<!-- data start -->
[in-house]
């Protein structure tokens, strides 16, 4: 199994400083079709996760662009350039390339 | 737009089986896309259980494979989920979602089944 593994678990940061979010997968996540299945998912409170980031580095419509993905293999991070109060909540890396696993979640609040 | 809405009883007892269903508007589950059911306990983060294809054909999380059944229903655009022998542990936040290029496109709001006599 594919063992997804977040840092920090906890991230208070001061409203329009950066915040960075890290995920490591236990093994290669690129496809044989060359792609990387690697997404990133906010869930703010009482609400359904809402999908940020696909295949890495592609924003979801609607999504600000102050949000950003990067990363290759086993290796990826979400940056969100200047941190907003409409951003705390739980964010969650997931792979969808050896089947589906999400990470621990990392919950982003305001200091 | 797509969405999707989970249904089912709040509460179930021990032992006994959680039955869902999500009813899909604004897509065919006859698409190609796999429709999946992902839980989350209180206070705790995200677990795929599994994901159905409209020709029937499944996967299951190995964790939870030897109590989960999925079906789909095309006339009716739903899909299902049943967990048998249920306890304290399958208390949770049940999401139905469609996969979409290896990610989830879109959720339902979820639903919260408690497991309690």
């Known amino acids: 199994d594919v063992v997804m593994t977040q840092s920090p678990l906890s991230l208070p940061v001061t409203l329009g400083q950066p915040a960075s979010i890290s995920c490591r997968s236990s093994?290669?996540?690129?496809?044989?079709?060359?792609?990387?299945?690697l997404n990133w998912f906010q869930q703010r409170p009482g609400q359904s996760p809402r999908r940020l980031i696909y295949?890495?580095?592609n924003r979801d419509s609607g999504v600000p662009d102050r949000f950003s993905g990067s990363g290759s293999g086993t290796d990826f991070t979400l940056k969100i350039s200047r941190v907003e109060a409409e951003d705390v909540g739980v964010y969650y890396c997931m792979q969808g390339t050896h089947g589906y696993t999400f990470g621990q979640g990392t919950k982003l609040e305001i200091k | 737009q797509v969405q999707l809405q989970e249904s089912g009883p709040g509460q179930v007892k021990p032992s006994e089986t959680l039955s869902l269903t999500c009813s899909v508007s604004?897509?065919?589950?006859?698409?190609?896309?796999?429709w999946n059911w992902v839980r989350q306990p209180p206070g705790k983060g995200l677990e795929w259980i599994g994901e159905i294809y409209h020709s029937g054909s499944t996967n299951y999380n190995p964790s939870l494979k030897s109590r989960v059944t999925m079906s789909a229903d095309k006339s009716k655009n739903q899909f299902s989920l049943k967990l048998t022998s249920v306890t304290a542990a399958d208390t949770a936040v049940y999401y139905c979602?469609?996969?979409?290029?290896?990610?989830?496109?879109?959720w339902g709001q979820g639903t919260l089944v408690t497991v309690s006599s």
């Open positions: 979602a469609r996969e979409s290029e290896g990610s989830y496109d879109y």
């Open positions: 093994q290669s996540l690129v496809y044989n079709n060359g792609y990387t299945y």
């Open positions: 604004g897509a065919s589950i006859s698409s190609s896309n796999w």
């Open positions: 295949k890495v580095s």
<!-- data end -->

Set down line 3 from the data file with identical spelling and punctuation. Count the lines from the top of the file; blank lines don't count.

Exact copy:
């Known amino acids: 199994d594919v063992v997804m593994t977040q840092s920090p678990l906890s991230l208070p940061v001061t409203l329009g400083q950066p915040a960075s979010i890290s995920c490591r997968s236990s093994?290669?996540?690129?496809?044989?079709?060359?792609?990387?299945?690697l997404n990133w998912f906010q869930q703010r409170p009482g609400q359904s996760p809402r999908r940020l980031i696909y295949?890495?580095?592609n924003r979801d419509s609607g999504v600000p662009d102050r949000f950003s993905g990067s990363g290759s293999g086993t290796d990826f991070t979400l940056k969100i350039s200047r941190v907003e109060a409409e951003d705390v909540g739980v964010y969650y890396c997931m792979q969808g390339t050896h089947g589906y696993t999400f990470g621990q979640g990392t919950k982003l609040e305001i200091k | 737009q797509v969405q999707l809405q989970e249904s089912g009883p709040g509460q179930v007892k021990p032992s006994e089986t959680l039955s869902l269903t999500c009813s899909v508007s604004?897509?065919?589950?006859?698409?190609?896309?796999?429709w999946n059911w992902v839980r989350q306990p209180p206070g705790k983060g995200l677990e795929w259980i599994g994901e159905i294809y409209h020709s029937g054909s499944t996967n299951y999380n190995p964790s939870l494979k030897s109590r989960v059944t999925m079906s789909a229903d095309k006339s009716k655009n739903q899909f299902s989920l049943k967990l048998t022998s249920v306890t304290a542990a399958d208390t949770a936040v049940y999401y139905c979602?469609?996969?979409?290029?290896?990610?989830?496109?879109?959720w339902g709001q979820g639903t919260l089944v408690t497991v309690s006599s």